R Cabello, I Moncada, J Monzo, I Lopez, A Echenagusia, C Hernandez
angiomyolipoma, kidney, lymphangioleiomyomatosis, renal tumours, surgery
R Cabello, I Moncada, J Monzo, I Lopez, A Echenagusia, C Hernandez. Giant Renal Angiomyolipoma Associated With Pulmonary Lymphangioleiomyomatosis: A Case Report. The Internet Journal of Urology. 2006 Volume 4 Number 2.
Renal angiomyolipomas are benign tumours known to appear sporadically and in association with genetic syndromes, including lymphangioleiomyomatosis. Treatment of large angiomyolipomas is usually indicated because of an increased risk of spontaneous haemorrhage.
We report in a patient with radiographic criteria of pulmonary lymphangioleiomyomatosis, a successful trans-arterial embolization of a giant angiomyolipoma with active anemization due to retroperitoneal bleeding and deferred surgical treatment due to persistent symptoms.
Key of definitions for abbreviations
TSC: Tuberous sclerosis complex.
Angiomyolipoma (AML) is an uncommon benign tumour composed of fat tissue, thick-walled vessels and smooth muscle elements in varying proportions (1, 2). Lynphangioleiomyomatosis (LAM) is a rare disorder, characterized by a non-neoplastic proliferation of abnormal smooth muscle cells in the lung parenchyma and in the lymphatic system (3). Its association with renal AMLs has been reported previously (1, 4).
We report a case of exitous embolization in a patient with LAM and Wunderlich syndrome due to a giant renal AML, and deferred surgical treatment due to persistent symptoms.
A 38-year-old woman came to the emergency department due to the sudden onset of right flank pain. She present rapid drop of haemoglobin (from 11 to 7,3 g/dl) and haematocrit (from 33,7 to 22,7%), and hemodynamic instability. Computer tomography of the abdomen showed a large mass, suggestive of renal AML, with active extravasation of contrast media to a large retroperitoneal haematoma (figure 1.).
On thorax CT, multiple well-defined thin-walled pulmonary cysts, distributed diffusely throughout both lungs (figure 2.).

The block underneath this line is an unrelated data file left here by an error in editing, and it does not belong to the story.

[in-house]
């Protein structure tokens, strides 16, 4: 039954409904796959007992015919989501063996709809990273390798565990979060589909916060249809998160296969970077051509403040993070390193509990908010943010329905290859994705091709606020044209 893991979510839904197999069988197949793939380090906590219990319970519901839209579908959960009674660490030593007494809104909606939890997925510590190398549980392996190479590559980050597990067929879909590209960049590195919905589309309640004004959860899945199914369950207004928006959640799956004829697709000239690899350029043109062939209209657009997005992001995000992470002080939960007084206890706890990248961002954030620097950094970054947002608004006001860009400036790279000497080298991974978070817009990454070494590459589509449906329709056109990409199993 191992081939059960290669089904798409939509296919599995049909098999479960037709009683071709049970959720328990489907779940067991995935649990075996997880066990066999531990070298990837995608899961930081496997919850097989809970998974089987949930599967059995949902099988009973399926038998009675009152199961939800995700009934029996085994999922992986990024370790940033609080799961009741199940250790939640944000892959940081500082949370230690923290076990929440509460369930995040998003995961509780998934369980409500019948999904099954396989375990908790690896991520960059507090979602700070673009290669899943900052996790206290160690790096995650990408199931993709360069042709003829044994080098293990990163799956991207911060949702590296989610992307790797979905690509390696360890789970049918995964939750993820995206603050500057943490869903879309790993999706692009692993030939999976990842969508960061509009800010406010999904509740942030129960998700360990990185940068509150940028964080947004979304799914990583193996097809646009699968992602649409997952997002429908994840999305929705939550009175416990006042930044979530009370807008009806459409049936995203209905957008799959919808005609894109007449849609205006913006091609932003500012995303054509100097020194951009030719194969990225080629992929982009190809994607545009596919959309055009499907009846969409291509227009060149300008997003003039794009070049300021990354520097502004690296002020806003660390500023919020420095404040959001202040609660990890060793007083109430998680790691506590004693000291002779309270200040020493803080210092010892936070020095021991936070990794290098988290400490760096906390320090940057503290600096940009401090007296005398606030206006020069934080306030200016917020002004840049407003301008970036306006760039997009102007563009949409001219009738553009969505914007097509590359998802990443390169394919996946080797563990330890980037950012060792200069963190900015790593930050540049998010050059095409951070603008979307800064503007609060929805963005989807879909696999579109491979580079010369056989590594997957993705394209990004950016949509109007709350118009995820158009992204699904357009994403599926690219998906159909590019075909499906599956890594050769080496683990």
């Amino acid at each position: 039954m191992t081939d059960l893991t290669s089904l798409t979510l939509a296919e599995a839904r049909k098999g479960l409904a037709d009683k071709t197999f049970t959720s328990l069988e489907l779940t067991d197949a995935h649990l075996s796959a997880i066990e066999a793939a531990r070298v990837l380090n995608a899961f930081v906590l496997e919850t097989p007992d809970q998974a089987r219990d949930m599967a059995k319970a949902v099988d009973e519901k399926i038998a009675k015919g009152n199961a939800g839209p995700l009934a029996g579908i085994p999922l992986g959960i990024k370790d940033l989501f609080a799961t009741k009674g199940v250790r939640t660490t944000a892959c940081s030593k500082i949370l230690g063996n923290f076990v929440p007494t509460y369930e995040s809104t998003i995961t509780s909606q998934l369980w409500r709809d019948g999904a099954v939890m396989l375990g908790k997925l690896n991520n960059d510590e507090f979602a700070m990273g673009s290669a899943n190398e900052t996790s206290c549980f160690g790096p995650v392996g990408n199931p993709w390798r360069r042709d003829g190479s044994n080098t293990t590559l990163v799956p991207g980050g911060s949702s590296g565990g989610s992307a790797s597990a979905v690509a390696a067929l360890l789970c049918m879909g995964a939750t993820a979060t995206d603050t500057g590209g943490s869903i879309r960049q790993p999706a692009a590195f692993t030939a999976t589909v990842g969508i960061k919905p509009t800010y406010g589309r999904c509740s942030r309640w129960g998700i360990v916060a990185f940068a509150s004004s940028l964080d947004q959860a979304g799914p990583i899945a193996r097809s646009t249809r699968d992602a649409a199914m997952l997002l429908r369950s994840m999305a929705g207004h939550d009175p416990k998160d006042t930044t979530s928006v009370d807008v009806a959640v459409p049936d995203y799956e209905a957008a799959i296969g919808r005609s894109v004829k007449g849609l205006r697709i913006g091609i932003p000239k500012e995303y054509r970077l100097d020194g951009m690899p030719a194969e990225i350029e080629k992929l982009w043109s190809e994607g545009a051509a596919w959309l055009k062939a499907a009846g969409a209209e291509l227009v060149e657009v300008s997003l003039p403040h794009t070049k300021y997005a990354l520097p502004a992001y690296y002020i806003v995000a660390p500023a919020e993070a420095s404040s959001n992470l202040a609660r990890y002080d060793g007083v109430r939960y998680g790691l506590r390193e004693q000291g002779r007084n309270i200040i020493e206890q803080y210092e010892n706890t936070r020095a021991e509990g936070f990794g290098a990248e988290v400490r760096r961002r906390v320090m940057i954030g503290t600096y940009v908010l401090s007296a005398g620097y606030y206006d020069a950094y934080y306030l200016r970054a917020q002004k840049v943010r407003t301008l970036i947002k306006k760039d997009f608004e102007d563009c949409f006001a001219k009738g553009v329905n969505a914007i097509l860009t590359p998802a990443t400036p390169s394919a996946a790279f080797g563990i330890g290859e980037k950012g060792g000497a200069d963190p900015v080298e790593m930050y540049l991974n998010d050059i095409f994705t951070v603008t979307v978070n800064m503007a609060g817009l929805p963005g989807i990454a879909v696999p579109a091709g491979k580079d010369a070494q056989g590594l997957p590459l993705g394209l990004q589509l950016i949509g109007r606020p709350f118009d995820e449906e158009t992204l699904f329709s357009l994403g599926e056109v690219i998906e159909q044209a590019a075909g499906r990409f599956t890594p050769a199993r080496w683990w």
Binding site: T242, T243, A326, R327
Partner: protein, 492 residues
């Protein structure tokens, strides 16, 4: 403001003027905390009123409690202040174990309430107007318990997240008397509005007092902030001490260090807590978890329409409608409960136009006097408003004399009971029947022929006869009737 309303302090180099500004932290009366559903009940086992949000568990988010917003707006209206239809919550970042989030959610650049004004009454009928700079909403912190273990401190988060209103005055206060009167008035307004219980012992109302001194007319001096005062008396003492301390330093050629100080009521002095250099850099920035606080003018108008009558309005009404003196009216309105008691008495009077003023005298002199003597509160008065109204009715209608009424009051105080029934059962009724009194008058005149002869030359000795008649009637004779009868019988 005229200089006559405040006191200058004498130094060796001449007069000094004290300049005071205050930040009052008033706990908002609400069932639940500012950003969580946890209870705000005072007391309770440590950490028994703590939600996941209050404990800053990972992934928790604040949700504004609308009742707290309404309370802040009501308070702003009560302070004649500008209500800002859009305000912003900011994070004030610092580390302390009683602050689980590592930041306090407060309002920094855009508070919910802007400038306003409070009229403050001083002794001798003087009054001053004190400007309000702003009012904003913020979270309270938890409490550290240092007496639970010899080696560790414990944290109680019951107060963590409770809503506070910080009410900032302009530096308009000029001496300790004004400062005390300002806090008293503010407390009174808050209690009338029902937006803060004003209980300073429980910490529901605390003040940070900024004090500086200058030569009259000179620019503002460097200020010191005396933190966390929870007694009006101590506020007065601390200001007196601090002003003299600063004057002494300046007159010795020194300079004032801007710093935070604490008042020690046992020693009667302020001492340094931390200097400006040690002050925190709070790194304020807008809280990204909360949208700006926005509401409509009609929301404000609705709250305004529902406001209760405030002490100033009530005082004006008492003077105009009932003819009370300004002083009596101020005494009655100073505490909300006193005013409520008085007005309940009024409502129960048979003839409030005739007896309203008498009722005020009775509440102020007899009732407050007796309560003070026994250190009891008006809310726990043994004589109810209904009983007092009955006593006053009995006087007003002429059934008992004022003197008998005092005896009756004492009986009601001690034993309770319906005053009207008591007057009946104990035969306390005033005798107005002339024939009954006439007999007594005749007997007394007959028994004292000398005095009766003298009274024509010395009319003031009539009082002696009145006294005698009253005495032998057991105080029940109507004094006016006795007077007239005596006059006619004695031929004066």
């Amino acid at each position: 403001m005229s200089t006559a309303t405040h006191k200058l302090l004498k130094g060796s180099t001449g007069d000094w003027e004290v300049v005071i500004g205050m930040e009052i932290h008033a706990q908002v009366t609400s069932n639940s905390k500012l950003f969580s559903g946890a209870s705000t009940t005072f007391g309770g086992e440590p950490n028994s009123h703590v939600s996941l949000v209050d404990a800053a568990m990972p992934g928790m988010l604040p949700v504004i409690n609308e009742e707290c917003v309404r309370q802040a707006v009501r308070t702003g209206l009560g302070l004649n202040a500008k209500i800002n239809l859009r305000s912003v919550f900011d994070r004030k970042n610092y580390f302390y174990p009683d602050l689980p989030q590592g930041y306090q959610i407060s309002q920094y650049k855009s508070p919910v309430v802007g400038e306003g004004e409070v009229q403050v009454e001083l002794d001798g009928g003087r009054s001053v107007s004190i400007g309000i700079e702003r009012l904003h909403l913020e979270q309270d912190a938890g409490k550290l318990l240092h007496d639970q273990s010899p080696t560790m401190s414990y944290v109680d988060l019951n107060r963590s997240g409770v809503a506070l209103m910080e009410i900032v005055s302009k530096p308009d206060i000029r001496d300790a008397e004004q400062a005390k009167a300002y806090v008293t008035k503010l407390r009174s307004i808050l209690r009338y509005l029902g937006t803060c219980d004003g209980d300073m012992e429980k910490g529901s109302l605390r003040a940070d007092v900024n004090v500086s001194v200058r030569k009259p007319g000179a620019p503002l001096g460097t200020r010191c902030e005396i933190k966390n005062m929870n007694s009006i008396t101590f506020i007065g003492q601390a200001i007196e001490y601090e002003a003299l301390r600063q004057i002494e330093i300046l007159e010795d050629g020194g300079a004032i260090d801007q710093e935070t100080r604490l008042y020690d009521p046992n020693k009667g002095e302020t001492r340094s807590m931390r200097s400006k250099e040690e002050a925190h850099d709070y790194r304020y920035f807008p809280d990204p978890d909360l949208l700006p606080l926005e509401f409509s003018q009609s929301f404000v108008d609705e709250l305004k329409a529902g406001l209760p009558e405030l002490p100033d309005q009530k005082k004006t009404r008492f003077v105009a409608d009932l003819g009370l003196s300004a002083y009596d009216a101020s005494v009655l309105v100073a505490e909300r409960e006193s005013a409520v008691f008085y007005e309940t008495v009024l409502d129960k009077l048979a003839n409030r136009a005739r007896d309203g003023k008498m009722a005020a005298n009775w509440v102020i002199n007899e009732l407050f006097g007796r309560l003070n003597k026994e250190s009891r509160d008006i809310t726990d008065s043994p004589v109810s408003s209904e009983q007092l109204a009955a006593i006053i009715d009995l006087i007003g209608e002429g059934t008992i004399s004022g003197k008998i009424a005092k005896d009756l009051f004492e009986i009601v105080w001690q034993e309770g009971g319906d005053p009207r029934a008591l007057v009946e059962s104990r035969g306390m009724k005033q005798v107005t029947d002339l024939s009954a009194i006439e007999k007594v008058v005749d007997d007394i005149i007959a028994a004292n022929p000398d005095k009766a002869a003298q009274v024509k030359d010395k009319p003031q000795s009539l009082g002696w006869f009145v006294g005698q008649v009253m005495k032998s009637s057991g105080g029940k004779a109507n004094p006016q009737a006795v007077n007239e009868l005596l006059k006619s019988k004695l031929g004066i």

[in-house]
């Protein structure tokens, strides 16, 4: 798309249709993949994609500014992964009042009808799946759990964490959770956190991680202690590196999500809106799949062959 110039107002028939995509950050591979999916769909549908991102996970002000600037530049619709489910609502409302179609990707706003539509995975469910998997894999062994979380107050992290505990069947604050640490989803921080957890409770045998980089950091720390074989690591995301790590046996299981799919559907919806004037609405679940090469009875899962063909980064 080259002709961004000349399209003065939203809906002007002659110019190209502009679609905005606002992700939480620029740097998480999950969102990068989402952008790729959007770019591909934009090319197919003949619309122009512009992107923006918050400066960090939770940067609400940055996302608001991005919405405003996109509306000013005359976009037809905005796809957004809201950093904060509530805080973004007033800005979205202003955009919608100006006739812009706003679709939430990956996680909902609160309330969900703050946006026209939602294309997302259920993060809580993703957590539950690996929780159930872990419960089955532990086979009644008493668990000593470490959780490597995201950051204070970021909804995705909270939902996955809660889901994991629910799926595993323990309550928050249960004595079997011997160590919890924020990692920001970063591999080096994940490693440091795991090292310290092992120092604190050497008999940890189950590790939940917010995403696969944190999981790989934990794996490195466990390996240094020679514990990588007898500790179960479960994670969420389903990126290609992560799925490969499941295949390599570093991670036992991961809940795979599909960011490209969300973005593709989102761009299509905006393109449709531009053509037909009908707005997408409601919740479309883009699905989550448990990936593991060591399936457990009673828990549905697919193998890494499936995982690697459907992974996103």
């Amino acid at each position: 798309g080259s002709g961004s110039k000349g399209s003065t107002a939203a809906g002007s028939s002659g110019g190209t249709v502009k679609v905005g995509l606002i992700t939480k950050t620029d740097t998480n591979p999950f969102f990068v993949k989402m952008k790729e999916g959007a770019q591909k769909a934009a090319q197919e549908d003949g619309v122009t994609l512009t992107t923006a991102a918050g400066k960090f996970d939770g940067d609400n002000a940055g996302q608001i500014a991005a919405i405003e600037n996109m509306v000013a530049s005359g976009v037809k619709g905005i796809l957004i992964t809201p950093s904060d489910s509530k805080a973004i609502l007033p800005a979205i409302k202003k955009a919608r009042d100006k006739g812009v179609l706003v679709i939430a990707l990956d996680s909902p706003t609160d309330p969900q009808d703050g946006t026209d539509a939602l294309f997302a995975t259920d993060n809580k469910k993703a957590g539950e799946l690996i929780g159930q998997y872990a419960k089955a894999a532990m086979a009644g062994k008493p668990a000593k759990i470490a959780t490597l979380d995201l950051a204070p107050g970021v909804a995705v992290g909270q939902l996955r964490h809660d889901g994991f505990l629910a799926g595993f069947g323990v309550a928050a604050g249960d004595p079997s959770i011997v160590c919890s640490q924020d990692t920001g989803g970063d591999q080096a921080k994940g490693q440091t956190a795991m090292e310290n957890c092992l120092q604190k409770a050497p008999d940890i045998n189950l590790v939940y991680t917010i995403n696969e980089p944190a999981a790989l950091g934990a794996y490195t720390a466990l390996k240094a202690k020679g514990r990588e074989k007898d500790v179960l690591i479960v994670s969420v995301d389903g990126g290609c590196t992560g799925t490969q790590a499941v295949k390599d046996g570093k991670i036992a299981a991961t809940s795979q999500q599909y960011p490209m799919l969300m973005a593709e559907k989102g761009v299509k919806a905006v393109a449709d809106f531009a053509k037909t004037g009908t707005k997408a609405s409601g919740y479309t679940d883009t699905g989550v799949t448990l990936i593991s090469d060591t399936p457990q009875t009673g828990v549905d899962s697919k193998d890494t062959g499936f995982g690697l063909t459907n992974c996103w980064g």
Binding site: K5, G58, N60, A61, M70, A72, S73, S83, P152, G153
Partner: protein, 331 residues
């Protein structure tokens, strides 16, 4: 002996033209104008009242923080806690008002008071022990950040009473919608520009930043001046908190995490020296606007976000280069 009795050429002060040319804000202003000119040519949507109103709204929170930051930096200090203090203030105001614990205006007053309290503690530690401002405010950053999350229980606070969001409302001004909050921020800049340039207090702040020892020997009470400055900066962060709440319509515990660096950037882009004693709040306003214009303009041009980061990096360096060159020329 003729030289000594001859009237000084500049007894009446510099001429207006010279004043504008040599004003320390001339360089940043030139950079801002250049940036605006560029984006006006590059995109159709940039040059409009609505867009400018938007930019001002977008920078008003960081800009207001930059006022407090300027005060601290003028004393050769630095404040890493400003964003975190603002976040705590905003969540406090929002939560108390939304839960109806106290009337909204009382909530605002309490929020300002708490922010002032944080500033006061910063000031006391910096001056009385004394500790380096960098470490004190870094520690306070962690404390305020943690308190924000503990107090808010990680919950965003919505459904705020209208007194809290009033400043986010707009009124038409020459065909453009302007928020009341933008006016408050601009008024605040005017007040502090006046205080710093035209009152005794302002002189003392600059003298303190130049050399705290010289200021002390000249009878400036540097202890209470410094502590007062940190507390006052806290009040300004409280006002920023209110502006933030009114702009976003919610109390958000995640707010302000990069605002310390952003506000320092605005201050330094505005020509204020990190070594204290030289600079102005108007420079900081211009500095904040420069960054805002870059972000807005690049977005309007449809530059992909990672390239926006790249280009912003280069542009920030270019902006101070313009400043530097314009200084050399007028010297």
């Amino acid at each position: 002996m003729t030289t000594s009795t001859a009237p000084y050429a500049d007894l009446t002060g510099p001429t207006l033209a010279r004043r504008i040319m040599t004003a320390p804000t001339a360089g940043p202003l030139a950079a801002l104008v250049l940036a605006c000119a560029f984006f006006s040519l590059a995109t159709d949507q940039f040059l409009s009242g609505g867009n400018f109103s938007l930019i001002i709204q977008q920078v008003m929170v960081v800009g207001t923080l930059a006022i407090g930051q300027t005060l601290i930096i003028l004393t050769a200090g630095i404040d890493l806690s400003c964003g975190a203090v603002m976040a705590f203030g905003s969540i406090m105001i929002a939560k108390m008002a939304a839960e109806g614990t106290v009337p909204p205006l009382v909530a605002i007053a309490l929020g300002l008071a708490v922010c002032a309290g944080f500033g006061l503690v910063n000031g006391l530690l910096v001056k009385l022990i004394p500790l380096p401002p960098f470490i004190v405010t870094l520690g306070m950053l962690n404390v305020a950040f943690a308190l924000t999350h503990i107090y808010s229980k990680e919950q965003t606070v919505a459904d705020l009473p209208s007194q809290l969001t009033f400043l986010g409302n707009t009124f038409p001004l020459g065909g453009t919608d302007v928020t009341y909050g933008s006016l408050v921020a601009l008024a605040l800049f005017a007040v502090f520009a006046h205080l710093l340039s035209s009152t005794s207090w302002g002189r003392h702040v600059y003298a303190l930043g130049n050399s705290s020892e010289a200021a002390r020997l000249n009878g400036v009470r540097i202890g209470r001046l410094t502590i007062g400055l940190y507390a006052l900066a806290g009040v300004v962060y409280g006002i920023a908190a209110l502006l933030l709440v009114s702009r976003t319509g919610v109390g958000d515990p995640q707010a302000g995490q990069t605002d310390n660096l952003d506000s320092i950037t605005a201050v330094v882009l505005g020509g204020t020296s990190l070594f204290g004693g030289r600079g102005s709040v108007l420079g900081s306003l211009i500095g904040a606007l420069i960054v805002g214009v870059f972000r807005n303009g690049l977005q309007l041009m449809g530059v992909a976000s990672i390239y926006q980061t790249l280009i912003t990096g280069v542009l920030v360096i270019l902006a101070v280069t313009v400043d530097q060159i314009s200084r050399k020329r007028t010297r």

Suggesting radiological diagnosis of pulmonary LAM, she had no pulmonary symptoms, and no other stigmata of tuberous sclerosis complex (TSC).
An urgent arteriography was performed, with successful selective angioinfartion of the dilated renal arterial branches feeding the tumour, with microcoils and microspheres (figure 3.)
Three moths later, a control CT showed persistent renal mass with sings of necrosis and liquefaction (figure 4).
The patient referred abdominal pain, nausea and fever, so a radical nephrectomy was performed without complications.
AMLs appears as part of the TSC (60-80% have AMLs), or as sporadic occurrence in healthy individuals (70% of all AMLs occur sporadically in the general population) (6,7,8,9). More than 50% of AMLs are found incidentally (9). CT scan has been the most reliable modality for the diagnosis (10).
AMLs have a propensity to bleed, with size, multifocality, and vascular abnormalities being the main risk factor (8, 9, 11). Massive retroperitoneal haemorrhage from AML, has been found in up to 10% of patients and represents the most significant and feared complication (2, 8). Common signs or symptoms include flank pain, haematuria, palpable abdominal mass, and hypovolemic shock, which can be fatal (2, 8). Selective renal artery embolotherapy, has become increasingly popular as a treatment option in the management of renal AMLs (6, 7, 11). Its common, after embolization the development of moderate flank pain and low-grade fever (6, 7), our patient had these symptoms for almost one week. If the AML is bleeding in the emergent setting with a life-threatening haemorrhage may require total nephrectomy if explored. In such circumstances, selective embolization can temporize and, in many cases, provide definitive treatment.
LAM is a rare lung disease characterized by an abnormal proliferation of smooth muscle-like cells that over time can grow to obstruct airways, lymphatics and blood vessels (12). Commonly manifests as exertional dyspnea and recurrent pneumothorax (3). It often leads to irreversible, progressive deterioration of pulmonary function. Abdominal manifestations of LAM are common, the most frequent is renal AML seen in between 32-60% (4). Radiographic imaging is indicated in patients with LAM to screen for renal AML (5).
To our knowledge trans-arterial embolization of renal AML is a safe and effective procedure, controlling haemorrhage, but in large masses can not prevent surgical treatment in most patients.
Ramiro Cabello Hospital Gregorio Marañon, C. Dr. Esquerdo 46, Urology Department, 28007, Madrid, Spain E-mail; firstname.lastname@example.org Telf: +34607593033.